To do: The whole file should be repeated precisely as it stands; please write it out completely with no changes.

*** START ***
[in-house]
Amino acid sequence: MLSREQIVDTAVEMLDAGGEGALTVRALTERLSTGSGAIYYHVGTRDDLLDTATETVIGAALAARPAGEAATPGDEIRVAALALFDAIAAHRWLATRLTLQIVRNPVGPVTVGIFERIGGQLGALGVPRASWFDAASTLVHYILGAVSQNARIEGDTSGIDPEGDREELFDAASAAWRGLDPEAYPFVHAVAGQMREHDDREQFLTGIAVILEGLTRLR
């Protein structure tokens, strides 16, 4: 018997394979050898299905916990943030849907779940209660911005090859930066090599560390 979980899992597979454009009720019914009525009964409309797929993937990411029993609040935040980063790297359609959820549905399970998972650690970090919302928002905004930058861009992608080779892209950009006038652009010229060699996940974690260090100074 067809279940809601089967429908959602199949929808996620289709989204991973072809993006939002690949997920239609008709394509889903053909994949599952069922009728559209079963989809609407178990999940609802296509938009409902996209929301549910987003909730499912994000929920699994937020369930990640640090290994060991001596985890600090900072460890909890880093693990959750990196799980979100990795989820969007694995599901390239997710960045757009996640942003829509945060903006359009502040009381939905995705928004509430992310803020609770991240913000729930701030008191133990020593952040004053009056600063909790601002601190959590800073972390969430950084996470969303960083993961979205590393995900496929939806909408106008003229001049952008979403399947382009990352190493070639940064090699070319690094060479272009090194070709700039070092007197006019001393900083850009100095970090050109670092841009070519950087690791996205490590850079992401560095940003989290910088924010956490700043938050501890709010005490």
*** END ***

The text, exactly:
[in-house]
Amino acid sequence: MLSREQIVDTAVEMLDAGGEGALTVRALTERLSTGSGAIYYHVGTRDDLLDTATETVIGAALAARPAGEAATPGDEIRVAALALFDAIAAHRWLATRLTLQIVRNPVGPVTVGIFERIGGQLGALGVPRASWFDAASTLVHYILGAVSQNARIEGDTSGIDPEGDREELFDAASAAWRGLDPEAYPFVHAVAGQMREHDDREQFLTGIAVILEGLTRLR
């Protein structure tokens, strides 16, 4: 018997394979050898299905916990943030849907779940209660911005090859930066090599560390 979980899992597979454009009720019914009525009964409309797929993937990411029993609040935040980063790297359609959820549905399970998972650690970090919302928002905004930058861009992608080779892209950009006038652009010229060699996940974690260090100074 067809279940809601089967429908959602199949929808996620289709989204991973072809993006939002690949997920239609008709394509889903053909994949599952069922009728559209079963989809609407178990999940609802296509938009409902996209929301549910987003909730499912994000929920699994937020369930990640640090290994060991001596985890600090900072460890909890880093693990959750990196799980979100990795989820969007694995599901390239997710960045757009996640942003829509945060903006359009502040009381939905995705928004509430992310803020609770991240913000729930701030008191133990020593952040004053009056600063909790601002601190959590800073972390969430950084996470969303960083993961979205590393995900496929939806909408106008003229001049952008979403399947382009990352190493070639940064090699070319690094060479272009090194070709700039070092007197006019001393900083850009100095970090050109670092841009070519950087690791996205490590850079992401560095940003989290910088924010956490700043938050501890709010005490």